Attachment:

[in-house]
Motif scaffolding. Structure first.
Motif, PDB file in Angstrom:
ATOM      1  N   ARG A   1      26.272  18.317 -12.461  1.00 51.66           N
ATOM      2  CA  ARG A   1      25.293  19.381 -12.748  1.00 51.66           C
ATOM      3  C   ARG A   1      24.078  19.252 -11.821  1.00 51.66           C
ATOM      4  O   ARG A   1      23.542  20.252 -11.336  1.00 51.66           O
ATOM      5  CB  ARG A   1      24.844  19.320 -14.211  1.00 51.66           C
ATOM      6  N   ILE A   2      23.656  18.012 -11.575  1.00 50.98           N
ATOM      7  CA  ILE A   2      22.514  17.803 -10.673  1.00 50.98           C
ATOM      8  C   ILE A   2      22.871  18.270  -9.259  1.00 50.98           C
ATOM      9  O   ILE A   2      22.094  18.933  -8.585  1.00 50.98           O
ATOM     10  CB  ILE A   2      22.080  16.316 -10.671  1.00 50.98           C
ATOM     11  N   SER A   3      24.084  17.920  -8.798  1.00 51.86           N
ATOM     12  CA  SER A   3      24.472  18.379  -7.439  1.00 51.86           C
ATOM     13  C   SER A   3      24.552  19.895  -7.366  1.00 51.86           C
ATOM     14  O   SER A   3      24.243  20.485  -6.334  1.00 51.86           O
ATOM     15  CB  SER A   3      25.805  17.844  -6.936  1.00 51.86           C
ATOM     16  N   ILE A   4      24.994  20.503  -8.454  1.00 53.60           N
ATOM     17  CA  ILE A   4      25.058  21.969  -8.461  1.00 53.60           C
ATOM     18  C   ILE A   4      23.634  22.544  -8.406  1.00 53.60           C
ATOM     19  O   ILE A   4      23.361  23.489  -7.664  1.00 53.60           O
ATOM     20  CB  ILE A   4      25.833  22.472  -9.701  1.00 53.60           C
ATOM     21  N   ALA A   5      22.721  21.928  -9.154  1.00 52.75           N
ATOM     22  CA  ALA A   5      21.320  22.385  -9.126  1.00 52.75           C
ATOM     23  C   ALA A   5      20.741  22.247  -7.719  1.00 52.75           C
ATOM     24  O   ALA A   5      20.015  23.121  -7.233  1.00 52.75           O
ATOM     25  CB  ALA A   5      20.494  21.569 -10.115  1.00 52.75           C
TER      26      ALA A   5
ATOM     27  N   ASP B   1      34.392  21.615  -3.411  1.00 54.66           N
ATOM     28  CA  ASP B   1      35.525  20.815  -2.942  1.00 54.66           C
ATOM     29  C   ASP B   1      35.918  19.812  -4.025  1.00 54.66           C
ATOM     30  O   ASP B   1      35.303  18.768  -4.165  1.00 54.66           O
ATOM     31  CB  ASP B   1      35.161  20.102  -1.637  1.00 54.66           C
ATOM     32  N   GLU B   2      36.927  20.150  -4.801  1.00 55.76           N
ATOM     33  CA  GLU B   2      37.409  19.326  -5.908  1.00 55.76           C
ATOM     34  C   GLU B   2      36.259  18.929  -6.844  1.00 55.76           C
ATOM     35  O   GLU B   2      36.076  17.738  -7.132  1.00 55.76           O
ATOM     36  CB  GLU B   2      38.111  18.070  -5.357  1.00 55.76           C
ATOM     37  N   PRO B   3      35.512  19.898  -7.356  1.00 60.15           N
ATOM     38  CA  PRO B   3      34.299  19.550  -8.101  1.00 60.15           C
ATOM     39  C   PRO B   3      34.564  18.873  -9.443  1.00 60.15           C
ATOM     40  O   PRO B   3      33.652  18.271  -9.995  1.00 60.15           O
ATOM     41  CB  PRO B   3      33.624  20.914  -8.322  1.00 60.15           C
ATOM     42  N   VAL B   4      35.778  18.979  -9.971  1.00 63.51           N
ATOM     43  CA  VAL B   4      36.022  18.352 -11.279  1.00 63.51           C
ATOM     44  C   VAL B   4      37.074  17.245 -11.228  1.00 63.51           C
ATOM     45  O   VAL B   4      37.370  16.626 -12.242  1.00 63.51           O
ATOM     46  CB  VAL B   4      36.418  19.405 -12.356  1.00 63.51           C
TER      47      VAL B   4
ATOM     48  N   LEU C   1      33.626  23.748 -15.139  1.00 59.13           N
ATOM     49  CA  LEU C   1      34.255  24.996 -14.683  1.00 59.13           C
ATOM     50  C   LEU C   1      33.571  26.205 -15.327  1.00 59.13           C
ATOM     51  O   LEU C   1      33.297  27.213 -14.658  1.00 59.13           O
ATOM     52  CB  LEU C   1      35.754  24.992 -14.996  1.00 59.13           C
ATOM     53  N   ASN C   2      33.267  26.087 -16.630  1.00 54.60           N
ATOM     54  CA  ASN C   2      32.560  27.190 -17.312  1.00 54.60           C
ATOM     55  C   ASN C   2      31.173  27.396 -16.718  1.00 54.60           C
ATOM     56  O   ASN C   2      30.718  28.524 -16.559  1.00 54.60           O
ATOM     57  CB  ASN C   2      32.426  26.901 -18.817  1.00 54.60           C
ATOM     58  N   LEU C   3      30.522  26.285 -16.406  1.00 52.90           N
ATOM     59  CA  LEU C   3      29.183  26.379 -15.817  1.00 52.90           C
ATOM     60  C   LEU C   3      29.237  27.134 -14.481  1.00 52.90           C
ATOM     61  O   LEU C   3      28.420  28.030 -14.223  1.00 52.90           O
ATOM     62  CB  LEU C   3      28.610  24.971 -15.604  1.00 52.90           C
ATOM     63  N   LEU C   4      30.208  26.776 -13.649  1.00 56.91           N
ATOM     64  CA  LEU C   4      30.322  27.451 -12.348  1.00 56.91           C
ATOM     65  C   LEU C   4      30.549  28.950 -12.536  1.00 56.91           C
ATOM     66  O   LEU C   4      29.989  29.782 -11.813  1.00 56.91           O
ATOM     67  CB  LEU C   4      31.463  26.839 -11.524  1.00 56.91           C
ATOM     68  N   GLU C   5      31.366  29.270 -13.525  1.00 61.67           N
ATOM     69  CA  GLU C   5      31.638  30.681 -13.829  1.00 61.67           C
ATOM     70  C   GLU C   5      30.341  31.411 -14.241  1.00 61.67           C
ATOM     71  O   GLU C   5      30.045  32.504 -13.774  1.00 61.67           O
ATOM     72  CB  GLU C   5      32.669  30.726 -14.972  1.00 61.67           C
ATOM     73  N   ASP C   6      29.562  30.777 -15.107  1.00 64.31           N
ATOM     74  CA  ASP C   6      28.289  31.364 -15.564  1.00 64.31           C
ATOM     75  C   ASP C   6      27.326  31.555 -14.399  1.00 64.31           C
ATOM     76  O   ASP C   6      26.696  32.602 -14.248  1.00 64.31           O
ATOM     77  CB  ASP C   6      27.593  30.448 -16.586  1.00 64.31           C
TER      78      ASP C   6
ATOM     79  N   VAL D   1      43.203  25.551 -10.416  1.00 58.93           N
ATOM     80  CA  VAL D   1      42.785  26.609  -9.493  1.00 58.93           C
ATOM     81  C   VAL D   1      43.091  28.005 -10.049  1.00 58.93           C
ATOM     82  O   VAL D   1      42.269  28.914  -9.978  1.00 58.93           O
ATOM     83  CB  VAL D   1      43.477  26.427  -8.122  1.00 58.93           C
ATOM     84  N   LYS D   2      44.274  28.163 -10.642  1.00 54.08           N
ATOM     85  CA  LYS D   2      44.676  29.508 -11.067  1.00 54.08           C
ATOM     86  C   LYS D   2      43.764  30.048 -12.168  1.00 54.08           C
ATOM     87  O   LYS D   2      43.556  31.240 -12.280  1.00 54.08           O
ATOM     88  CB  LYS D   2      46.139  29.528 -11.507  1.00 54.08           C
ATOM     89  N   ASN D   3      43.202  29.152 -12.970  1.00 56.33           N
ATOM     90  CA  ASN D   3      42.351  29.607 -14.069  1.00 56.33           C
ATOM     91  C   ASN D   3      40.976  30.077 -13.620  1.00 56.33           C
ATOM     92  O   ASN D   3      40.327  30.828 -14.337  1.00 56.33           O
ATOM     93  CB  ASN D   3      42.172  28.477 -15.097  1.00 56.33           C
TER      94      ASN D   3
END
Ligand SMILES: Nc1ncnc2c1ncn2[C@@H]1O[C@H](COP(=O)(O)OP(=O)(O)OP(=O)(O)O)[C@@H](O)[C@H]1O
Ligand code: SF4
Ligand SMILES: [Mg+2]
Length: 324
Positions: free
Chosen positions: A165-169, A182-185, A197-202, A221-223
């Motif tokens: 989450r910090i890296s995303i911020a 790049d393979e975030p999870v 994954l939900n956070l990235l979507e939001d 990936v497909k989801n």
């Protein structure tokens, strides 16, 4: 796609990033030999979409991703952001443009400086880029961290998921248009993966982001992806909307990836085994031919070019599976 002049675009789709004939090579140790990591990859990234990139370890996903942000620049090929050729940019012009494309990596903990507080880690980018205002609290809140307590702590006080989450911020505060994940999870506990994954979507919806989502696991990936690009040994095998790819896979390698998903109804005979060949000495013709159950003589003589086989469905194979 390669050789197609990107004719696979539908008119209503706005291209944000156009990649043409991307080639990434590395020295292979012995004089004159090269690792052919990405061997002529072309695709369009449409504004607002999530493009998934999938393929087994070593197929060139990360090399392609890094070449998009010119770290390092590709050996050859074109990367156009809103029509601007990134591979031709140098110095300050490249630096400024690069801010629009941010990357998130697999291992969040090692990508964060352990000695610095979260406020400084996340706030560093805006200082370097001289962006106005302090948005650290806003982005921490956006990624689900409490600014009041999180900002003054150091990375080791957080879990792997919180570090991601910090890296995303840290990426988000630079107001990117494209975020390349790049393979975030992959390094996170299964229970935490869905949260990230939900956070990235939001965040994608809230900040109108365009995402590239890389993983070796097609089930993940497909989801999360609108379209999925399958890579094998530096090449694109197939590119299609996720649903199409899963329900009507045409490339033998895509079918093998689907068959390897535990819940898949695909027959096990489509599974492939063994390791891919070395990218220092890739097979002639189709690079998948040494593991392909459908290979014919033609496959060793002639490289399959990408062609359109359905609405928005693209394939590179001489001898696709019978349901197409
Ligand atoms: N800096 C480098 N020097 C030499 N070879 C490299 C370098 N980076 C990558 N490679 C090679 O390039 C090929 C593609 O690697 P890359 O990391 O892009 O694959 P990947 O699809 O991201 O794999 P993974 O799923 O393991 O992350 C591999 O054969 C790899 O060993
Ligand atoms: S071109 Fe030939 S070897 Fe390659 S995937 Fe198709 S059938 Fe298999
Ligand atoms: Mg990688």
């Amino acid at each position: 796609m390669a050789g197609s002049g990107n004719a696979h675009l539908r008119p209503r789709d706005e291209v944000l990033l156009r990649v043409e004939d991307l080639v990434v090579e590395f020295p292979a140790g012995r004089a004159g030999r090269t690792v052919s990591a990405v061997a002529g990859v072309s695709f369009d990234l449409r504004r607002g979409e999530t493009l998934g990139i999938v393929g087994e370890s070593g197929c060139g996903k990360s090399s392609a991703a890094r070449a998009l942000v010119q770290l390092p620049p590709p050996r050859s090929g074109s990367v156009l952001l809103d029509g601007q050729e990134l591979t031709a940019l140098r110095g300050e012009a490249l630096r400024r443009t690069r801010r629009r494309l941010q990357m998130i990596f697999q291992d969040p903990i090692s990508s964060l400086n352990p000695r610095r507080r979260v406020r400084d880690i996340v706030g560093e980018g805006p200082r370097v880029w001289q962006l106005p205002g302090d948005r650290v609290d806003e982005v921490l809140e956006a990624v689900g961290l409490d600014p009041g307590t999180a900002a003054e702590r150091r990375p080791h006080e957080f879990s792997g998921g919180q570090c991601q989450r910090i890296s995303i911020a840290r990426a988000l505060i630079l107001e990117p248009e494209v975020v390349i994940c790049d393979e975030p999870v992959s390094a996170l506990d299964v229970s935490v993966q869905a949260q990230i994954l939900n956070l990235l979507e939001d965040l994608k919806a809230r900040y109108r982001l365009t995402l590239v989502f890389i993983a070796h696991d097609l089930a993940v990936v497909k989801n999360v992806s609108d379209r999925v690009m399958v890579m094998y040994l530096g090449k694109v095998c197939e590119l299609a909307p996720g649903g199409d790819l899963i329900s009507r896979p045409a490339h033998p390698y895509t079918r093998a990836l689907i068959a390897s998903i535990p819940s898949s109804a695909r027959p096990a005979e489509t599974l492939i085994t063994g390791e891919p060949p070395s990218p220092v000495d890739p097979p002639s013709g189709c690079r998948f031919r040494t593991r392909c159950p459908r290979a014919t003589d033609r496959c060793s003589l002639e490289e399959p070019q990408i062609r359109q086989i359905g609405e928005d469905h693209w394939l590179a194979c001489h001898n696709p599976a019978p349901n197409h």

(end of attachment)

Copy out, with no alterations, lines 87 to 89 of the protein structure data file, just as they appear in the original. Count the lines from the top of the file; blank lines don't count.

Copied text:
ATOM     84  N   LYS D   2      44.274  28.163 -10.642  1.00 54.08           N
ATOM     85  CA  LYS D   2      44.676  29.508 -11.067  1.00 54.08           C
ATOM     86  C   LYS D   2      43.764  30.048 -12.168  1.00 54.08           C